When I was a boy, my paternal grandmother did not use the vacuum cleaner. Instead, my grandfather did the vacuuming. Meir Shalev's maternal grandmother in the Israeli village of Nahalal did not use a vacuum either. She got on her knees daily (or assigned the task to a daughter or grandchild) and scrubbed the tile floor until the water mopped up clear. She did this despite owning a vacuum. In fact, she had a top of the line GE canister vacuum, but it sat locked in an unused bathroom. Shalev tells the reconstructed story in his entertaining book My Russian Grandmother and Her American Vacuum Cleaner: A Family Memoir.
Other than not using the vacuum, Grandma Tonia was not much like my grandmother. Shalev's grandmother was obsessed with the cleanliness of her house to the point that she hardly let anyone in. Most cooking and eating were kept on the back porch. Small cloths were kept on doorknobs so there would be no dirty fingerprints. The nice furniture was stored in rooms that she kept locked. The modern bathroom was also kept locked, and family and visitors were directed to the shed out back. The bathroom served as a storeroom for nice things, and the vacuum that was sent by the uncle who abandoned socialism to become an American capitalist sat there wrapped to stay free of dust. The family, of course, longed to get into these rooms.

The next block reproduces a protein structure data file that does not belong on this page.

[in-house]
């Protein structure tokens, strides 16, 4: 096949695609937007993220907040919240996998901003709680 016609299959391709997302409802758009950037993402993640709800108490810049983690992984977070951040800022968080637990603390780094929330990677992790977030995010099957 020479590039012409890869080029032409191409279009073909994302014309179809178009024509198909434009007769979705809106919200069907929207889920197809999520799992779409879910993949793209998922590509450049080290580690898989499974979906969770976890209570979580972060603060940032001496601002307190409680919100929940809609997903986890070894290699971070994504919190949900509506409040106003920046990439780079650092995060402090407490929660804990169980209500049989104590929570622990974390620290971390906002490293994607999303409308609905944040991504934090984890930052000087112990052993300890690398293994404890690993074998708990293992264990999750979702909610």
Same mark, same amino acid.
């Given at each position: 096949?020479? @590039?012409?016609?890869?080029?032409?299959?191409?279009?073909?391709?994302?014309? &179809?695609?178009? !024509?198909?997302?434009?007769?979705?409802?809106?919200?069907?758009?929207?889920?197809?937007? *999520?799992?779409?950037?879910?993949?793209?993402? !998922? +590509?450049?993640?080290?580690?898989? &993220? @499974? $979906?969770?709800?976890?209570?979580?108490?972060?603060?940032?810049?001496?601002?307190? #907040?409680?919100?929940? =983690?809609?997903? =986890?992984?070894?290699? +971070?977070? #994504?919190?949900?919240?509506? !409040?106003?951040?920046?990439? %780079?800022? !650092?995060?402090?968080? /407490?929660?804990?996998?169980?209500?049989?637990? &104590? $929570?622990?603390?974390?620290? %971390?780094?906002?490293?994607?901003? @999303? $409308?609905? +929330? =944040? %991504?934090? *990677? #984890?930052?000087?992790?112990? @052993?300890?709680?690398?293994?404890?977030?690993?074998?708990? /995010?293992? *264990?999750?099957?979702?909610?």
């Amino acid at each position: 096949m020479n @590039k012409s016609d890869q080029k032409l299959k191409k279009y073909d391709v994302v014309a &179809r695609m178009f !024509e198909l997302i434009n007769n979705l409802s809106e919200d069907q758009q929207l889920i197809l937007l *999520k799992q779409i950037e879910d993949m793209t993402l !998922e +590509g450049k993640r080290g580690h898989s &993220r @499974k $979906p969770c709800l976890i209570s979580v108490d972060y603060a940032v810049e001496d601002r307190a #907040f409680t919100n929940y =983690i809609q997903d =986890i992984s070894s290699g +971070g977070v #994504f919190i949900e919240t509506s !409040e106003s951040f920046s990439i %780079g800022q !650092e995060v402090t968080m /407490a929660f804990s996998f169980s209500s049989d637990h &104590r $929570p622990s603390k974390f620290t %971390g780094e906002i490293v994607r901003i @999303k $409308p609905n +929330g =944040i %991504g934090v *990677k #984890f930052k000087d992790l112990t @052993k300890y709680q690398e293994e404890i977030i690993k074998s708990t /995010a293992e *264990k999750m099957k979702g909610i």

As you might guess, Grandma Tonia was a fierce woman of strong and often uncommon opinions who ruled the family. Shalev contends that she was the originator of the phrase "You talkin' to me?" Other familiar words included "Want me to take a chunk out of you?" and "She is no longer, and it was a terrible death." My grandmother never said anything like this.
I imagine My Russian Grandmother and Her American Vacuum Cleaner could be turned into a movie set against the early decades of Israeli independence with the nation building struggles in the backing up the domestic comedy. Until such a film is made, enjoy the book.
Shalev, Meir. My Russian Grandmother and Her American Vacuum Cleaner: A Family Memoir. Schocken Books, 2011. 212p. ISBN 9780805242874.